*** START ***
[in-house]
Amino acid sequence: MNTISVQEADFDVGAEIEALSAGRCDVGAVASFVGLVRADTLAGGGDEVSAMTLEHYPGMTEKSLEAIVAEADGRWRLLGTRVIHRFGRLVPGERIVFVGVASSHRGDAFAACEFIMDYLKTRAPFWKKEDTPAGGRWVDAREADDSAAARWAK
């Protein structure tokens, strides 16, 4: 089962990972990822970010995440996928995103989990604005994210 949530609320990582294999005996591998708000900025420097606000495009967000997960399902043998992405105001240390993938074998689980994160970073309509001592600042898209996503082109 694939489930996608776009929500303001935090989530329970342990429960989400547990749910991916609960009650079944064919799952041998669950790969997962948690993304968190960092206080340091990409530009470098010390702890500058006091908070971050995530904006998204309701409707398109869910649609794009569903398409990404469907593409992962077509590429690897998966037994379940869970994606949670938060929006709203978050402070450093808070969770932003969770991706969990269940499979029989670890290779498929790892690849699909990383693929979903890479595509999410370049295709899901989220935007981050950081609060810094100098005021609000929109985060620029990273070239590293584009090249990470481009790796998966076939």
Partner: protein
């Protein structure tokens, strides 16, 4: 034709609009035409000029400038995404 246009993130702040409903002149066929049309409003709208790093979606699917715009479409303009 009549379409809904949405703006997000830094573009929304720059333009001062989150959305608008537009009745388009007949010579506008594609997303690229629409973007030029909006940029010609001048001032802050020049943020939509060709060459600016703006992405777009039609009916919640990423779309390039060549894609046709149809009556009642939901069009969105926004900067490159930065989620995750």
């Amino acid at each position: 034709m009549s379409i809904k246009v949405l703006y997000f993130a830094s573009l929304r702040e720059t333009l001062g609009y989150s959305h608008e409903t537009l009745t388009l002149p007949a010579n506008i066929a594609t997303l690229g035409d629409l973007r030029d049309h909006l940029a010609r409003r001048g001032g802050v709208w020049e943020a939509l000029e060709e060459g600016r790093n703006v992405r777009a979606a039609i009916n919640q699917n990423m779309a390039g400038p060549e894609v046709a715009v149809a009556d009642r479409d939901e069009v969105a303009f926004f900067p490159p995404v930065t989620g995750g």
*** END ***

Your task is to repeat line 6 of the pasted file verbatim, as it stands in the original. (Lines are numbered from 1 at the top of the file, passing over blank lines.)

């Amino acid at each position: 034709m009549s379409i809904k246009v949405l703006y997000f993130a830094s573009l929304r702040e720059t333009l001062g609009y989150s959305h608008e409903t537009l009745t388009l002149p007949a010579n506008i066929a594609t997303l690229g035409d629409l973007r030029d049309h909006l940029a010609r409003r001048g001032g802050v709208w020049e943020a939509l000029e060709e060459g600016r790093n703006v992405r777009a979606a039609i009916n919640q699917n990423m779309a390039g400038p060549e894609v046709a715009v149809a009556d009642r479409d939901e069009v969105a303009f926004f900067p490159p995404v930065t989620g995750g």